In-Stream Buying with YouTube Annotated Links

Travis Nichols on July 24th, 2014

Instant gratification holds a special place in our frenzied hearts. That wonderful, addictive feeling of getting what we want, when we want it diminishes in the face of obstacles. That’s part of why we work to make buying on Gumroad as streamlined and simple as possible.

Now there’s a new way of doing that in the most shared and embedded website on the internet.

Annotations have long been a part of YouTube, but until recently, they have primarily been used to add background information or to link to other videos and channels. Now, Gumroad is on the short list of commerce platforms authorized by YouTube to be linked to via annotation directly within a video’s stream.

What does that mean for you? Viewers of your film/book/game trailer, music video, poetry reading, software patch, etc. can click an in-stream link and easily buy your product. It’s faster, it’s easier, and early evaluation is showing that this trimming of the fat can result in more product views and sales for you.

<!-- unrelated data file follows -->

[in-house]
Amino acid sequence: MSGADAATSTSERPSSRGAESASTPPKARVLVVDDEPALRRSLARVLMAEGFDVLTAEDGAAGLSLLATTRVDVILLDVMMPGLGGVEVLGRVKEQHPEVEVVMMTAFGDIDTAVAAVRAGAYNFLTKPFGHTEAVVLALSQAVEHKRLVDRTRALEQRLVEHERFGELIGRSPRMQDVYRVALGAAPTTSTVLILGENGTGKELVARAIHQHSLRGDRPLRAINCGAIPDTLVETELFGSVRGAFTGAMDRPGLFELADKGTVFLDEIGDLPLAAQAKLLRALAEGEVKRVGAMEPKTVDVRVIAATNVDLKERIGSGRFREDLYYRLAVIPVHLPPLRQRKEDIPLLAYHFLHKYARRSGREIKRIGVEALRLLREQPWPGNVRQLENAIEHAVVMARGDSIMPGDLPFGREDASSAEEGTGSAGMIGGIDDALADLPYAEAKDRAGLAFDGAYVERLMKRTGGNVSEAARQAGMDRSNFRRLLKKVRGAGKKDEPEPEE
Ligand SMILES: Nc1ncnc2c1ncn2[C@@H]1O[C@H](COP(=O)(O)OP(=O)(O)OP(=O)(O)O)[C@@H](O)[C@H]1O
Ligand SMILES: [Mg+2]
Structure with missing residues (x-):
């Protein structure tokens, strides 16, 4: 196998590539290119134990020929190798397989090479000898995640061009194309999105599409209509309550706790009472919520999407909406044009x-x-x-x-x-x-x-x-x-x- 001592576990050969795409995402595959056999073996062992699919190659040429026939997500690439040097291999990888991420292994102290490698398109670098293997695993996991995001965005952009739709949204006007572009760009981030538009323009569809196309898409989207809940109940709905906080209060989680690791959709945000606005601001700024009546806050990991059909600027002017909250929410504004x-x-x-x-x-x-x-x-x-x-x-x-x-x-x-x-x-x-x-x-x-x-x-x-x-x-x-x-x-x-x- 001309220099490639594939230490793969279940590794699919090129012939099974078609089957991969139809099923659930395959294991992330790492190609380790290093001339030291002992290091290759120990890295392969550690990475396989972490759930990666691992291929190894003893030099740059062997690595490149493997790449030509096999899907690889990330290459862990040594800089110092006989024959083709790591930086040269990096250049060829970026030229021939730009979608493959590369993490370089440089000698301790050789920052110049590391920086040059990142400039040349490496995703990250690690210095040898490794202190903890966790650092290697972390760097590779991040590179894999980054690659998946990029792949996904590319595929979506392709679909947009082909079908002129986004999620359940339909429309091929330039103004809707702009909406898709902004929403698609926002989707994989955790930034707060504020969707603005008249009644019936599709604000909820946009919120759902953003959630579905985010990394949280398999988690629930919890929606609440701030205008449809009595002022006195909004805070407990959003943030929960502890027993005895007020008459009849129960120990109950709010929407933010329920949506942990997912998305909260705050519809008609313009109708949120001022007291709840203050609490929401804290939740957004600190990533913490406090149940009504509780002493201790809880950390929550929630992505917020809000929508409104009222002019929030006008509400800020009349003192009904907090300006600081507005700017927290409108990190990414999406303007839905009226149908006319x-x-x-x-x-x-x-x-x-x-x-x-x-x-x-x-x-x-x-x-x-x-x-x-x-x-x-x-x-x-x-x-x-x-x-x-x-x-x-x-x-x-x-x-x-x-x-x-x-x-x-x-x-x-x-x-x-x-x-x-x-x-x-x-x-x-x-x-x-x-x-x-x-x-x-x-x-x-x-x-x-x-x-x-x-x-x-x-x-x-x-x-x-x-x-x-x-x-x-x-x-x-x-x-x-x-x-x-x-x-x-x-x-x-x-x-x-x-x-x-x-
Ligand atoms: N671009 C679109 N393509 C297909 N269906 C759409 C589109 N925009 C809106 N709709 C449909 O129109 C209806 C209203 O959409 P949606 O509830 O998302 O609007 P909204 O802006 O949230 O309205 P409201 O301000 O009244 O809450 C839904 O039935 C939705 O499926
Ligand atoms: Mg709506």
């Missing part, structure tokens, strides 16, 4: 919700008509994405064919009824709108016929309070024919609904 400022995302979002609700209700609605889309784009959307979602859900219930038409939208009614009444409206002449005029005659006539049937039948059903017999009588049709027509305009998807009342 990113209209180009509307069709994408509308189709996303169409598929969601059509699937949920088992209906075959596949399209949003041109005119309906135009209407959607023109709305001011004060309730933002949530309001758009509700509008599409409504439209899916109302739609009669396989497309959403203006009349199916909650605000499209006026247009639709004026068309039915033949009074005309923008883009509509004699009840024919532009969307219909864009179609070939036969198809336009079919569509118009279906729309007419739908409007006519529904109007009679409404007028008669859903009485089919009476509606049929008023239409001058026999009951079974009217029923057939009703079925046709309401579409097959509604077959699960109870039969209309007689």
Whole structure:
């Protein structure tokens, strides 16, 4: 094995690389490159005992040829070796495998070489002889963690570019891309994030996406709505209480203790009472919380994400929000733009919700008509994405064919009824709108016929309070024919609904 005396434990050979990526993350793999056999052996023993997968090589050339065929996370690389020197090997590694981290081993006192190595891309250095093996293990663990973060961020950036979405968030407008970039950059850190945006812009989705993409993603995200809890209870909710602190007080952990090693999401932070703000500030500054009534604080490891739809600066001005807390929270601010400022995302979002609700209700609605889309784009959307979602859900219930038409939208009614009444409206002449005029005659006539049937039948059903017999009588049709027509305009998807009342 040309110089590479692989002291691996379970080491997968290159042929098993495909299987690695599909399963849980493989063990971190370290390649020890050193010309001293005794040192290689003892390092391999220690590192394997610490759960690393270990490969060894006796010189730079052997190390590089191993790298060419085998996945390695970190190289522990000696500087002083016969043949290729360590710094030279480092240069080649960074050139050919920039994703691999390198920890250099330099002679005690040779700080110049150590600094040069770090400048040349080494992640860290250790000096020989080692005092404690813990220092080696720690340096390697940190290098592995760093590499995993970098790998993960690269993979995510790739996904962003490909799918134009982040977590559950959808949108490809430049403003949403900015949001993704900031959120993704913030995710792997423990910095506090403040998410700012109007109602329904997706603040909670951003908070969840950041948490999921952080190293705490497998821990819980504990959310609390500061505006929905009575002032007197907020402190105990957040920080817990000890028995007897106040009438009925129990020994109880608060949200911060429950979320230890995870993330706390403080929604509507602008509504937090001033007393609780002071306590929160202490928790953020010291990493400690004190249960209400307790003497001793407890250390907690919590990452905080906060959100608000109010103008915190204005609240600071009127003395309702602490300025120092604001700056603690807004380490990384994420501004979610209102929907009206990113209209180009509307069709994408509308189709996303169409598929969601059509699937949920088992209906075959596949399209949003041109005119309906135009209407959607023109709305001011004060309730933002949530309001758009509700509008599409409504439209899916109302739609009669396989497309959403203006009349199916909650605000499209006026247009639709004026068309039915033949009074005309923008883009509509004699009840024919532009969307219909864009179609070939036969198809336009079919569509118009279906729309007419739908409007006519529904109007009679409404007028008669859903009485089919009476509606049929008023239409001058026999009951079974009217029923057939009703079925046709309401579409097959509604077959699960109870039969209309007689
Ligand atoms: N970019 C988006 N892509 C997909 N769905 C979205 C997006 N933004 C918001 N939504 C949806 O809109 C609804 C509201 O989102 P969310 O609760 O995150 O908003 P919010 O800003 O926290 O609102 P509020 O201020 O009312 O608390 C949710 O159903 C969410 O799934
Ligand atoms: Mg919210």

While logged in to YouTube and on your channel, click Edit on one of your videos. Then click the Annotations at the top. Choose the type of annotation you want, and what you would like the link to say (the Label box). Move it around to where you want the link to go. Then you can choose your colors and font size. The timeline at the bottom will help you find the place where you want to put your annotated link, as well as the Start and End boxes. Finally, enter the URL of your product on Gumroad or your Gumroad Gallery URL. The Link box will automatically check, and the default Video drop down will automatically change to Merch. Play back the video to make sure the link is where and when you want it, double-check your link, and you’re all set. Hit Publish and start sharing.


Previously, using a video to share and promote your project meant embedding the video in your Facebook feed or blog and linking to it in a tweet along with a separate purchasing link. Suddenly that feels like sending a telegraph to place an order via Pony Express.

Your videos can now be a direct call to action. To learn other ways you can connect your audience with Gumroad, see our Integrations page in the Help Center.


Google Analytics Campaign Tracking

Jessica Jalsevac on June 12th, 2014

Last week we looked at how to set up goals in Google Analytics to track conversions such as views and product purchases. 

This week we’ll learn how to track the performance of specific marketing campaigns by setting up custom campaign tracking in Google Analytics.